Westport-Union Landing State Beach

UPDATE (May 20, 2020) - As California State Parks begins working with locals on a phased and regionally-driven approach to increase access to state park units where compliance with state and local public health ordinances can be achieved, it is important for visitors to continue to practice physical distancing and avoid congregating with people outside their immediate household. Everyone has the responsibility to mitigate the spread of COVID-19.

Here are some guidelines for people visiting Westport-Union Landing SB:

What is open now?
  • Trails, beaches and day use areas.
  • Parking may be limited.

What is currently closed at this park and throughout the State Park System?


At this park:
  • Campgrounds
  • Visitor Centers
  • Picnic Areas
  • Congregate and high touch areas
Statewide:
  • Campgrounds.
  • High public-use indoor facilities, including museums and visitor centers.
  • Special events and tours continue to be canceled until further notice.

Are there any new visitor guidelines?


Yes, please see below:
  • Stay Local: Stay close to home. Walk or bike into the park. Parking may be limited. Do not take road trips to parks and beaches or to neighboring states.
  • Stay Active: Keep walking, jogging, hiking and biking. Watch for one-way trails.
  • Stay Safer at 6 Feet: Maintain a physical distance of 6 feet or more. Gatherings, picnics and parties are not allowed. Visitors will be asked to leave if there are too many people at the park, beach or on trails to allow for the required physical distance.
  • Stay Clean: Be prepared. Bring soap/sanitizer and pack out all trash.
  • Stay Covered: Please be sure to wear face coverings when you cannot maintain a safe 6-foot distance from others.

Thank you for your patience and continued support of California State Parks as we work to limit your risk for exposure to COVID-19 in the outdoors. For more information, please visit parks.ca.gov/FlattenTheCurve.

Phone Number

(707) 937-5804

Park Hours

Call the park

Driving Directions to Westport-Union Landing SB

The beach is located 19 miles north of Fort Bragg on Highway 1 and 2 miles north of Westport.

Online reservations are not available for this park.

No online brochures available for this park.

Upcoming Park Events

No events scheduled at this moment.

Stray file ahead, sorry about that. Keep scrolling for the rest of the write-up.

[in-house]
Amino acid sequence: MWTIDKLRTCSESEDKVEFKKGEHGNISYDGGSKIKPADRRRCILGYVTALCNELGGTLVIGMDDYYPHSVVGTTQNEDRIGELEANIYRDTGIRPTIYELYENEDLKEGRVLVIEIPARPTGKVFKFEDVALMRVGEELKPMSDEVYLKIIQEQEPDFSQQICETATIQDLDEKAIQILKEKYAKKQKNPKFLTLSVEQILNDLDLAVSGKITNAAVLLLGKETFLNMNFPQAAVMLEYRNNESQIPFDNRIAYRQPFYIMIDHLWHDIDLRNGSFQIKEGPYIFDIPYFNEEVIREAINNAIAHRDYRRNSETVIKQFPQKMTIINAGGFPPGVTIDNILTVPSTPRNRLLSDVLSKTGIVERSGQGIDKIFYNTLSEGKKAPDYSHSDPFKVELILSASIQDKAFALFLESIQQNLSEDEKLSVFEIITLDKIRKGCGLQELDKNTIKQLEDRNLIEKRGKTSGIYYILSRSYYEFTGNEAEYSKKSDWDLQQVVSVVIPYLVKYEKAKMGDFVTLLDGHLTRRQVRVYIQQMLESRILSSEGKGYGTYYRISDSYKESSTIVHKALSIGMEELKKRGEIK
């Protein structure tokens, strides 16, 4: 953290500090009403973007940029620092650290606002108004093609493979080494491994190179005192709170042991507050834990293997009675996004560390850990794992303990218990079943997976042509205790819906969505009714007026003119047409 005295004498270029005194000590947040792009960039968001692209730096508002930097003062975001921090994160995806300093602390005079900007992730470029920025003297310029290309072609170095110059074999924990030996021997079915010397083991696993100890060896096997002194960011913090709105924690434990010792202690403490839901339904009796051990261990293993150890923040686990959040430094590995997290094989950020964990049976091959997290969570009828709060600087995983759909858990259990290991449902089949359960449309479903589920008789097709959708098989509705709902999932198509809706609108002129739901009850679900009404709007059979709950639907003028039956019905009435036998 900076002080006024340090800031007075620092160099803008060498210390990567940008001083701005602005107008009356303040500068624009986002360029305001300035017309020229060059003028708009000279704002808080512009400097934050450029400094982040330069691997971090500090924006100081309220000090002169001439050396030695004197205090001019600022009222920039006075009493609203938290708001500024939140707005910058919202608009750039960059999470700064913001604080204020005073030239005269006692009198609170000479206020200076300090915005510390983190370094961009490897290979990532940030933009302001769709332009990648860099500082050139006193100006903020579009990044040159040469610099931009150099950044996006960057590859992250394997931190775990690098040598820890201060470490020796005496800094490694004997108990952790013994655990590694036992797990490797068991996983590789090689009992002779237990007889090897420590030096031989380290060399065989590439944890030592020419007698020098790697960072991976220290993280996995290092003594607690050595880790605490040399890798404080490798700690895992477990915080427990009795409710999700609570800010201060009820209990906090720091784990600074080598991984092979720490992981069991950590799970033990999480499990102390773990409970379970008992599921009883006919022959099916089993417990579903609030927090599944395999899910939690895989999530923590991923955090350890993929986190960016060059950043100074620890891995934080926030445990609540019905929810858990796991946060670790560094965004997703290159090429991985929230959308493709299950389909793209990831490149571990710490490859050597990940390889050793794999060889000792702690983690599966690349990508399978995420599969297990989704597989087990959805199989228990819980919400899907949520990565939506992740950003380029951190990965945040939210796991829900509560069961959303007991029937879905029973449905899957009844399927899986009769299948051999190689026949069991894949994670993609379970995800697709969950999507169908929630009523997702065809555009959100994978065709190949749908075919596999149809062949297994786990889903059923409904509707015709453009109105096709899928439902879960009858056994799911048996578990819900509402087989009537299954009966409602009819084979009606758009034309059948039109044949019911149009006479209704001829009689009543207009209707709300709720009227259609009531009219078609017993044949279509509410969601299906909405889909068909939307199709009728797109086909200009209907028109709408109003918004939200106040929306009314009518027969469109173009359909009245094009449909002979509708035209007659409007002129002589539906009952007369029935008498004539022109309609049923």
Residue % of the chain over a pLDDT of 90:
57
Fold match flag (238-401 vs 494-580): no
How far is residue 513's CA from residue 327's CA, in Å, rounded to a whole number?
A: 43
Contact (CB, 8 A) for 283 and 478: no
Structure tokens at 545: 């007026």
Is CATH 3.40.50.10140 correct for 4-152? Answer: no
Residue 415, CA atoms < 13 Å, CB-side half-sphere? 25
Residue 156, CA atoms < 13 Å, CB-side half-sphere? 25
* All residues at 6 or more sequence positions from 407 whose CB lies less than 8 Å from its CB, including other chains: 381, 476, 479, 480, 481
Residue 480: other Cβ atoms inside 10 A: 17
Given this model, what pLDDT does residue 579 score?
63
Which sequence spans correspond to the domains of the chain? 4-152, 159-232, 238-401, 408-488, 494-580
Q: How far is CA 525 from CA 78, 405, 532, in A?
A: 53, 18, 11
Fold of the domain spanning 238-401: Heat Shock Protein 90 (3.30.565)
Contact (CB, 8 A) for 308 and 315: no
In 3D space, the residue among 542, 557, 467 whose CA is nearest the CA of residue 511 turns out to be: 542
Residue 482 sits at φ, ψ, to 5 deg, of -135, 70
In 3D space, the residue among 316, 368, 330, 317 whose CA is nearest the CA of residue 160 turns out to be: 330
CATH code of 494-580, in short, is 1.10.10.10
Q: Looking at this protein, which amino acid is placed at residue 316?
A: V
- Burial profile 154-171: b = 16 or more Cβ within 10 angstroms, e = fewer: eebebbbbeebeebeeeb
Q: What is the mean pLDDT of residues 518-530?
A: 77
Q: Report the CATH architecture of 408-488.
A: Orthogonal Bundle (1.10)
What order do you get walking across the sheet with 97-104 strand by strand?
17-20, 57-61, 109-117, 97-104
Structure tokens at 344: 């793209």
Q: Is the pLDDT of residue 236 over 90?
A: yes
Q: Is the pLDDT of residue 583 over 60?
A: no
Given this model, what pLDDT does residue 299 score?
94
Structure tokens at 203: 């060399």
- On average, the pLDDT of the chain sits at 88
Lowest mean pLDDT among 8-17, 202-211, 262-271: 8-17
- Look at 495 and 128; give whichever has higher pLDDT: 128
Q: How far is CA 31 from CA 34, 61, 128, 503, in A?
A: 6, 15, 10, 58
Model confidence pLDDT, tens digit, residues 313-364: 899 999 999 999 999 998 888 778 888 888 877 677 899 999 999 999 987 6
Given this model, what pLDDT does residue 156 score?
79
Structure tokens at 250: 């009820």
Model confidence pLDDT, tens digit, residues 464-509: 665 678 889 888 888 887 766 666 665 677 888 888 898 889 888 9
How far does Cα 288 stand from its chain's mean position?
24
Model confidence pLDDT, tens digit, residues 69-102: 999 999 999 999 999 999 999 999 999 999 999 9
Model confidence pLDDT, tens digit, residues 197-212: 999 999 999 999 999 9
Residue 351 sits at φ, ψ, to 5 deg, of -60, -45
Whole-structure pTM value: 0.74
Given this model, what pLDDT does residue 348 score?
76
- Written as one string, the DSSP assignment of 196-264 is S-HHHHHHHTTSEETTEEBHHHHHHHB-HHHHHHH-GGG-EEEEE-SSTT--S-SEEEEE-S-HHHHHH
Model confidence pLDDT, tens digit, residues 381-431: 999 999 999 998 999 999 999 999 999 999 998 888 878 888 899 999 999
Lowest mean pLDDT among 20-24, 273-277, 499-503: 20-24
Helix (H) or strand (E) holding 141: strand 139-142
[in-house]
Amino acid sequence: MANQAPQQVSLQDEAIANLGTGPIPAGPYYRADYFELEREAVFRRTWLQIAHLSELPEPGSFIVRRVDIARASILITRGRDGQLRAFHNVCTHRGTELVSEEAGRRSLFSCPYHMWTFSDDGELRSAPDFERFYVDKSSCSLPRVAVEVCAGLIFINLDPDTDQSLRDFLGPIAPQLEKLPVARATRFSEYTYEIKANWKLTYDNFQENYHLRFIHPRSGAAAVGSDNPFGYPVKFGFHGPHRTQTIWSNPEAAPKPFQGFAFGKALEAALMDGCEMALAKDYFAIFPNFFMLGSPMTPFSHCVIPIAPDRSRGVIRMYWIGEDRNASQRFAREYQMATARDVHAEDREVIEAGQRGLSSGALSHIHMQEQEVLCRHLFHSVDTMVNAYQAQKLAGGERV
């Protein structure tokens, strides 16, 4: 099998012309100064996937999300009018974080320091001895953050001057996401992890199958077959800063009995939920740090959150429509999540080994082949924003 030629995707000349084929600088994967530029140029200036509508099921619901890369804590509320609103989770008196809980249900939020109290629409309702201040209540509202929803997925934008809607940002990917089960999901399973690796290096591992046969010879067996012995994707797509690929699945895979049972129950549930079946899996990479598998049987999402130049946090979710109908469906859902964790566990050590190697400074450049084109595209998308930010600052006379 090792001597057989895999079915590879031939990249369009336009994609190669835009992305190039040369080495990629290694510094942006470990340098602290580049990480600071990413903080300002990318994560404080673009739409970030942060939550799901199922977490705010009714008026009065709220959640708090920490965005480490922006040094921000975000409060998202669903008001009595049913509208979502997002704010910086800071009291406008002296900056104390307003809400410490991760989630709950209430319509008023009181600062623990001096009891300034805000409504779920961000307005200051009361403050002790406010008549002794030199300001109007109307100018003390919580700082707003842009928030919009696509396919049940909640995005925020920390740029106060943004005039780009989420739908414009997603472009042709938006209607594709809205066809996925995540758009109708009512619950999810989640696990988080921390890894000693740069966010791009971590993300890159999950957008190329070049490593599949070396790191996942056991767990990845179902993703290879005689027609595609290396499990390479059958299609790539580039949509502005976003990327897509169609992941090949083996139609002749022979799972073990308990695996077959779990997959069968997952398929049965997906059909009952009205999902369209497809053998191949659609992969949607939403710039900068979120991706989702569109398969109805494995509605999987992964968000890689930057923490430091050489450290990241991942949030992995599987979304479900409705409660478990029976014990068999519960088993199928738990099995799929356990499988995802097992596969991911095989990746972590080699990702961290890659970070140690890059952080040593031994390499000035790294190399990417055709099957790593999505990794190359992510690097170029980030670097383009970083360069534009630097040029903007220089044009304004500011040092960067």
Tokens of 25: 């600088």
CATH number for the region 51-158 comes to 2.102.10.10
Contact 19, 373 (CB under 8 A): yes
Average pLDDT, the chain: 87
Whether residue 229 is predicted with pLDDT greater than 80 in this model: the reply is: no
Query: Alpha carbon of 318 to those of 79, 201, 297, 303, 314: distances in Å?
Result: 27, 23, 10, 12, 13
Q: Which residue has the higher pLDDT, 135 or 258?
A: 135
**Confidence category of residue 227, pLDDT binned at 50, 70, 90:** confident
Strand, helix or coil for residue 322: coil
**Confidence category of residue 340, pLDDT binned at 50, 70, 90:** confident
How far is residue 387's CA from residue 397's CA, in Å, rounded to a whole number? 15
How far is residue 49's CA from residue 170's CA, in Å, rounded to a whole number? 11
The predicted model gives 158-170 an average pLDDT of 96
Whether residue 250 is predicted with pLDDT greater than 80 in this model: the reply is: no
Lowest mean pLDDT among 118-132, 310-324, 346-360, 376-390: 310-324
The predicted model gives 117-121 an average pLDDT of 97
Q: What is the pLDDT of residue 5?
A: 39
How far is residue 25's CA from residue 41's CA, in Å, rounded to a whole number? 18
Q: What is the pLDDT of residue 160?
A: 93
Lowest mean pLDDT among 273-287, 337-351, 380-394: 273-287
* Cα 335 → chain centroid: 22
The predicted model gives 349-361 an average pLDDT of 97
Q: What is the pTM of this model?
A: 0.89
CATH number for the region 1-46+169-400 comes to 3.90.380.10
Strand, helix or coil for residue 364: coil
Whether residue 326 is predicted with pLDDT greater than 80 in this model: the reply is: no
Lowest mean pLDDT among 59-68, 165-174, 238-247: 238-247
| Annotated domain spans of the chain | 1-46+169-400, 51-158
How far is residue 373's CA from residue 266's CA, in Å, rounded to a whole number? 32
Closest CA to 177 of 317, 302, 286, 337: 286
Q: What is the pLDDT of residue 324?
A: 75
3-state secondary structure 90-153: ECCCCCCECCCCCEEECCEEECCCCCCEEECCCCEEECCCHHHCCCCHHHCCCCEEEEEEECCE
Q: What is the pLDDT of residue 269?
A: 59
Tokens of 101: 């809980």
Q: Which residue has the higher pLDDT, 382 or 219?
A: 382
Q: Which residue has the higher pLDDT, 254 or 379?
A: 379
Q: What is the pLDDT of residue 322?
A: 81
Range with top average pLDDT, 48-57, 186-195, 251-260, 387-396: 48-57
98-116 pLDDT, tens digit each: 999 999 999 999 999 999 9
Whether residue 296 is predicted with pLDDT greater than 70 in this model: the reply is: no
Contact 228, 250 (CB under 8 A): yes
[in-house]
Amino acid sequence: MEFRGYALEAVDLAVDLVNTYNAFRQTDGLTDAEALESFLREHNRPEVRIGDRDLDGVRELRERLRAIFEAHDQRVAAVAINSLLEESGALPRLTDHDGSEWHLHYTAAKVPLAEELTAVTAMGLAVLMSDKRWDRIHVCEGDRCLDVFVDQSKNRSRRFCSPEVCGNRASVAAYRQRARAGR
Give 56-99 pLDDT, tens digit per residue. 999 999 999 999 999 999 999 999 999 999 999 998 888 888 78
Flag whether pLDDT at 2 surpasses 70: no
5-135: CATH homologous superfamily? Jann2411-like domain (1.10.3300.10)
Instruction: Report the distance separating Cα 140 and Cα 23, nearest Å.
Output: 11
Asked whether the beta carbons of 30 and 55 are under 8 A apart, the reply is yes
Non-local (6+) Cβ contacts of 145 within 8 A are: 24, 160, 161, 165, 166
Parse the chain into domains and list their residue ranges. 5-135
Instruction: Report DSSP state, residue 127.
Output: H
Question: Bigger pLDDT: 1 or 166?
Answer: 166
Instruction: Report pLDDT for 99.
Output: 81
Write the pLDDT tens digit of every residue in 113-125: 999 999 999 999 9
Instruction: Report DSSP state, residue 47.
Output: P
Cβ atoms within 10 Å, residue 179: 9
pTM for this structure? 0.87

BOATING
Boating
OVERNIGHT FACILITIES
Family Campsites
Primitive Camping
RV Access
TRAIL USE
Hiking Trails
DAY-USE ACTIVITIES & FACILITIES
Fishing
Scuba Diving/Snorkeling
Beach Area
Nature & Wildlife Viewing
Windsurfing/Surfing
Geocaching
OTHER FACILITIES & VISITOR INFORMATION
Parking
Restrooms
Drinking Water Available

Camper Information
Westport Union Landing State Beach is currently open for camping on a first come first served basis.

Westport Union-Landing State Beach covers over 3 miles of rugged and scenic coastline, with 86 campsites available in three campgrounds on the bluffs overlooking the Pacific Ocean. The magnificent vistas, sunsets and tree-covered mountains in the background provide an inspiring backdrop to the park and challenges to both amateur and professional photographers.

The park was named for two early day communities. Westport, a sawmill town, is still in existence and Union Landing now consists of only a few buildings. Both of these settlements were famous for supplying lumber and railroad ties, and Tan Oak bark to the schooners which anchored offshore. The schooners were loaded with forest products by means of intricate cable tramways and chutes from the bluffs.

Location/Directions
Located 19 miles north of Fort Bragg on Highway 1 and 2 miles north of Westport.

Seasons/Climate/Recommended clothing
The weather can be changeable; layered clothing is recommended.


Facilities - Activities

Fishing
Several small sandy beaches and one large beach located at the mouth of Howard Creek provide some good sport for fishermen; the Surf Smelt (Hyomesus pretiosus) come in near shore to spawn in the surf during the day. Night Smelt (Spirinchus Starksi) come in to spawn at night. These smelt, 6 to 10 inches in length, are called surf fish and night fish by the sportsmen who take them in nets as they approach the beach to spawn. Several kinds of rock fish are taken when tides and ocean conditions are right. Water temperatures of around 52 degrees and a surging bellowing surf discourages all but the hardy individual.

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